Generally speaking, the longer the trip, the better. Especially with long-distance travel, the climate-damaging flight cannot be avoided. Therefore, such holidays should take place less frequently and for longer periods. For business trips, this concept may be difficult to implement in some cases. Therefore, one should always ask oneself: Is the trip even necessary or is an online meeting enough?

By container ship to Canada

During her journey, our volunteer author Uta Nabert implemented a first important step of sustainable travel: Instead of taking the plane, she travelled by train from Germany to Asia and then continued by container ship to Canada.

Author and Planted volunteer Uta Nabert

What it is like to come back

But what is it actually like to come back? The travel journalist has now published a book about this with Delius Klasing Verlag: "Wieder da und doch nicht hier". She is donating her fee to Planted. An interview.

Uta, you will donate your fee to Planted. Why?

I have already fulfilled two dreams: I have travelled around the world and I have written a book. My third dream has always been to plant my own forest. But since I'm better with letters than with beech trees, I decided to leave that to someone who knows.

Why Planted?

I came across Planted through research for the Frankfurter Rundschau. At the time, I wrote an article about a young woman who wants to reforest the whole of Russia. In Planted I saw the German counterpart. It was important to me that the forest is located in a country where the property rights are secured, so that it has a chance of being protected from clearing in a hundred or two hundred years. I also want to help plant the forest in the future and see how it grows. Until that happens, I sometimes support Planted on a voluntary basis and write texts.

On the one hand, you've travelled a long way, on the other hand, it's bad for the environment. Do you have any tips for commuters and travellers?

I think we have all seen in the past two years that we don't have to jet around the world for work and meetings. This saves time, money and avoids stress. Last but not least, it protects the environment. From an employee's point of view, I can say that I wouldn't work for a company today that didn't allow at least 80 per cent of its employees to work from home. In my company, all meetings and agreements take place digitally and are extremely effective.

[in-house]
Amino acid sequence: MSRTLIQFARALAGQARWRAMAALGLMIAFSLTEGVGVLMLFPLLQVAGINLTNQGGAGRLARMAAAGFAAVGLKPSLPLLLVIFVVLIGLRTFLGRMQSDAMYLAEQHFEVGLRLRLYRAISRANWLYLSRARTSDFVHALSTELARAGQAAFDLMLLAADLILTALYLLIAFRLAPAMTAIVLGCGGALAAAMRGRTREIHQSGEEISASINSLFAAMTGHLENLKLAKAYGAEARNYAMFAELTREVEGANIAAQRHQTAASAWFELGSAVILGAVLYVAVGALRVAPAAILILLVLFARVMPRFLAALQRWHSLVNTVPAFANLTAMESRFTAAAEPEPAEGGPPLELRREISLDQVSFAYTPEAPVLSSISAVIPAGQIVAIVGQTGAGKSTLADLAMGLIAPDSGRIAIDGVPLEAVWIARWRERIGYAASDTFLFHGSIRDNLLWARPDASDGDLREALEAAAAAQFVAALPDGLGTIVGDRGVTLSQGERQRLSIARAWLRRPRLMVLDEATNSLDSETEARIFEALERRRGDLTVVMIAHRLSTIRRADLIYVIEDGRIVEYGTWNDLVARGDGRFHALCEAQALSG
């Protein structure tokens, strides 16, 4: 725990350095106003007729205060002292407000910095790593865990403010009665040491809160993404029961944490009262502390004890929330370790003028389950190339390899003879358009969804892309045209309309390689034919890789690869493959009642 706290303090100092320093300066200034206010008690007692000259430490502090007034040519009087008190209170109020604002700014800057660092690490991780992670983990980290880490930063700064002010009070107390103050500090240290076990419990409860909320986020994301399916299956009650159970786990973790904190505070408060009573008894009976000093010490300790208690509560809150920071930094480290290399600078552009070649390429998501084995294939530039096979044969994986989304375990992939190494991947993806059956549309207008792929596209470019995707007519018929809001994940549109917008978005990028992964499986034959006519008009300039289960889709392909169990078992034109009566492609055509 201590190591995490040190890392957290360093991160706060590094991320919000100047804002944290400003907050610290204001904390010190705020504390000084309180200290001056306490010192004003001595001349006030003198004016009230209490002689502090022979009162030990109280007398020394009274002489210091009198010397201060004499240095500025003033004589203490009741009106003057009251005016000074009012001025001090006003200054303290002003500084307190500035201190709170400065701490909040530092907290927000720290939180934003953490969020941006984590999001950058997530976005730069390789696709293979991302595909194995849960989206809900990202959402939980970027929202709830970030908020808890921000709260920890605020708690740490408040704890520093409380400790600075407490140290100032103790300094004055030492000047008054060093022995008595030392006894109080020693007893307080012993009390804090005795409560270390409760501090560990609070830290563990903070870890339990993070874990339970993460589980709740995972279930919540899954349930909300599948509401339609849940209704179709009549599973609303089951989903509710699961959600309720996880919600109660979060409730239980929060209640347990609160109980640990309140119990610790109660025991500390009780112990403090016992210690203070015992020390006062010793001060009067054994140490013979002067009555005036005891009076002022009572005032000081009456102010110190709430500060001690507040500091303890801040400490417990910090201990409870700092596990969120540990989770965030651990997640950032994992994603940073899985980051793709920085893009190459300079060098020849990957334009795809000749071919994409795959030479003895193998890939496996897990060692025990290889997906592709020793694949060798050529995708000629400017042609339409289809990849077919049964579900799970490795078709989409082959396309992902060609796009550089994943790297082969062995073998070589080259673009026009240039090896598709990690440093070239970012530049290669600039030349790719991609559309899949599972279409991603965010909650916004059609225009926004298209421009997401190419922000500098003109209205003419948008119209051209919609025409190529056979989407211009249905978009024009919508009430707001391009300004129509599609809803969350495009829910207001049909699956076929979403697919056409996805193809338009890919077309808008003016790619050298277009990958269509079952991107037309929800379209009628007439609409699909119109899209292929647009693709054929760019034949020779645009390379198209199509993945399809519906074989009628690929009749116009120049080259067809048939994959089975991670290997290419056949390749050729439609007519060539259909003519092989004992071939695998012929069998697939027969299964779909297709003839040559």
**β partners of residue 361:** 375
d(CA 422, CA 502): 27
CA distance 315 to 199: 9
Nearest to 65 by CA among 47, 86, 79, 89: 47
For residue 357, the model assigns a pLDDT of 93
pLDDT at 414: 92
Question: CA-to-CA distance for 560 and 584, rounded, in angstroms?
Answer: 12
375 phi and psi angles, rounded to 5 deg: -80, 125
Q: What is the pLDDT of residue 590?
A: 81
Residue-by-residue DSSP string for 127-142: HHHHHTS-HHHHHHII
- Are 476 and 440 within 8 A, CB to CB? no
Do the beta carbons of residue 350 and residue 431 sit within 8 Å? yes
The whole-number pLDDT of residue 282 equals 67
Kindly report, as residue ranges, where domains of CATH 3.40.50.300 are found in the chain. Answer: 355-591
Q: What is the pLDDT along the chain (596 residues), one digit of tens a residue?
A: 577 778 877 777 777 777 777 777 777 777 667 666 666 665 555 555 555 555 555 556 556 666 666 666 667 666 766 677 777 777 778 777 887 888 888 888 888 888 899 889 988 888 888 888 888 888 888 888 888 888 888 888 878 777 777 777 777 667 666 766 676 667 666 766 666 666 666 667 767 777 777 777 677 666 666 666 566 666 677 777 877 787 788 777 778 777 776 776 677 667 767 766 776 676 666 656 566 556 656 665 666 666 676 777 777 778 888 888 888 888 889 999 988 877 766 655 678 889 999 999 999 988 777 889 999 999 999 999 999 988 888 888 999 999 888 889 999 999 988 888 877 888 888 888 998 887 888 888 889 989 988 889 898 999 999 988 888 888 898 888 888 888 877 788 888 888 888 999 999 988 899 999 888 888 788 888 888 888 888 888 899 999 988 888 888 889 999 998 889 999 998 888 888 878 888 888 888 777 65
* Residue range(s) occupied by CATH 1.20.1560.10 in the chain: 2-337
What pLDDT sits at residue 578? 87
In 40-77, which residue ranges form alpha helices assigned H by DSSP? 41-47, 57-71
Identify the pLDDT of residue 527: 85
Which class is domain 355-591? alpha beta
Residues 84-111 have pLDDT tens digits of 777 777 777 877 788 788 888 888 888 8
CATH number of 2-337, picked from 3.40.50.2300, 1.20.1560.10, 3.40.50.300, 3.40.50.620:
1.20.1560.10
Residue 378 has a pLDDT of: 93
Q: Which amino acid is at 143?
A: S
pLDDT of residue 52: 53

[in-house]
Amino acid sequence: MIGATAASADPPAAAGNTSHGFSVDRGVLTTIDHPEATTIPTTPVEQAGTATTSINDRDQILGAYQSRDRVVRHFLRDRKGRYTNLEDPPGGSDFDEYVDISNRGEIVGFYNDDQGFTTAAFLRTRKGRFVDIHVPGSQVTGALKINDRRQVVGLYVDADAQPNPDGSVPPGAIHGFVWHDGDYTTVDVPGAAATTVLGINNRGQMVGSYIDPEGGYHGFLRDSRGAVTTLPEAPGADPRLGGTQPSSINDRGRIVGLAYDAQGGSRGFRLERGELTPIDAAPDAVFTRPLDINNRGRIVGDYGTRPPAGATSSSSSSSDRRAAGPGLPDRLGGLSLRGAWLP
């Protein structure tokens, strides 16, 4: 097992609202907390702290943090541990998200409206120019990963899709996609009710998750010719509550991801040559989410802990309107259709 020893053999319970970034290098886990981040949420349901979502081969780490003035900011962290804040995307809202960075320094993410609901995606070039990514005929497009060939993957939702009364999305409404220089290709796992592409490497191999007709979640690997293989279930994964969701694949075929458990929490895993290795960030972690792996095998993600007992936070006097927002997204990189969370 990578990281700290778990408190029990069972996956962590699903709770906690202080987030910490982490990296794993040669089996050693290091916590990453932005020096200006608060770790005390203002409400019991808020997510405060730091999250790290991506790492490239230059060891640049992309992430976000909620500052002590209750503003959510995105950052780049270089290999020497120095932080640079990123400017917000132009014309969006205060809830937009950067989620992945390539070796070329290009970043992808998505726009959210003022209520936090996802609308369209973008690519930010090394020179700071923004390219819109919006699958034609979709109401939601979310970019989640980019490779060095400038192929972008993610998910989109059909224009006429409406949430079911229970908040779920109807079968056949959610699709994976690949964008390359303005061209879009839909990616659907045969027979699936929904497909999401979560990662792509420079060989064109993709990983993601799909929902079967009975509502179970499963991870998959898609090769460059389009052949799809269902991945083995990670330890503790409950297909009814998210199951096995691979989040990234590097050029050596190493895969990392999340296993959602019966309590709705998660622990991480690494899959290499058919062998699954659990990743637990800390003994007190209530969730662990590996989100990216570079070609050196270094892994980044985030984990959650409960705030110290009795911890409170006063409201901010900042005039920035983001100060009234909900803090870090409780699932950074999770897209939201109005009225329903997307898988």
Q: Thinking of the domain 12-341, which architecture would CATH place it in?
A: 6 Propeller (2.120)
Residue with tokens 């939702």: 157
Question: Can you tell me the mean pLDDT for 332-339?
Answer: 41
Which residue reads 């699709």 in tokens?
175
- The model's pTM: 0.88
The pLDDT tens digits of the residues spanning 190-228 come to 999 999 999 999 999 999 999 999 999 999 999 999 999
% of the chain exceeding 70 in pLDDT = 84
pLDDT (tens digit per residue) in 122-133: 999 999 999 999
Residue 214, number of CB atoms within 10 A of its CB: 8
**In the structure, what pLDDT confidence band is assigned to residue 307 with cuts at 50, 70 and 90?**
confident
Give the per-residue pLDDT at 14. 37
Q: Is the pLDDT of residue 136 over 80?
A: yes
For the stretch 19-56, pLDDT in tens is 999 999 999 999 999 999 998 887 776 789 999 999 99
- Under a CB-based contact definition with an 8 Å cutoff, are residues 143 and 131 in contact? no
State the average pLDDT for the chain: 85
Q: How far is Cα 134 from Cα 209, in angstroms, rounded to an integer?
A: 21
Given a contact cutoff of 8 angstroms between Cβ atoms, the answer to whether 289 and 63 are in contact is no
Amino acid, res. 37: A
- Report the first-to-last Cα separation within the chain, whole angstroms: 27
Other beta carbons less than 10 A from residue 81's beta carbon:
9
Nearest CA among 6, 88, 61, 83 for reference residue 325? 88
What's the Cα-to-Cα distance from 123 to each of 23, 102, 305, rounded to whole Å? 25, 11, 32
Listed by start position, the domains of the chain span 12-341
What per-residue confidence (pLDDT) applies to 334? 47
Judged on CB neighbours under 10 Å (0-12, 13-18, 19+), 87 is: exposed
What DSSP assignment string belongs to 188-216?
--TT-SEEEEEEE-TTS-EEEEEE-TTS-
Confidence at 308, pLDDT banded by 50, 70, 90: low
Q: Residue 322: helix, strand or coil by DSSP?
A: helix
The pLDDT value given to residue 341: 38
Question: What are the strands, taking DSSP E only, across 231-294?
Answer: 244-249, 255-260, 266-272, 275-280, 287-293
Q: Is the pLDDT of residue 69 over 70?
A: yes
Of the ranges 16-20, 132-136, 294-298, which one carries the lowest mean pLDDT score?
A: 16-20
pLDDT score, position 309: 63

I can recommend the train to all those who can't avoid business trips: I find that especially when you are on the train for many hours at a time, it's a great way to work. I experience ICEs as rolling open-plan offices. My book was written on long journeys by train.

You donate your fee to an organisation that plants trees. At the same time, your book was printed on dead trees. Problematic?

Book "Back again and yet not here

Every kind of production and consumption is problematic. Basically, the only solution is to do without. But the question arises whether we should do without reading, of all things. After all, I made sure that Delius Klasing Verlag used FSC-certified paper for my book. According to the WWF, FSC-certified paper is obtained from forests that are managed according to stricter ecological and social principles, among other things. But the seal does not seem to be the universal solution either: Greenpeace ended its membership of the FSC in 2018. Of course, you can also download the e-book version of "Wieder da und doch nicht hier". But to read it, you need other valuable resources. The best thing is to buy the book, read it and put it in the nearest bookcase - keyword sharing economy.

And what is your book about now?

Travelling around the world is an adventure - coming home is a challenge. Many globetrotters, whether backpackers or professional travellers, experience this. Many who have spent some time abroad realise after returning home that it takes a long time to get back mentally. Until then, friendships fall apart, partners go their separate ways and plans go awry. In the book, 23 travellers - backpackers and professional travellers - have their say. They also tell how they dealt with problems and conflicts.

Curious? You can get Uta's book here.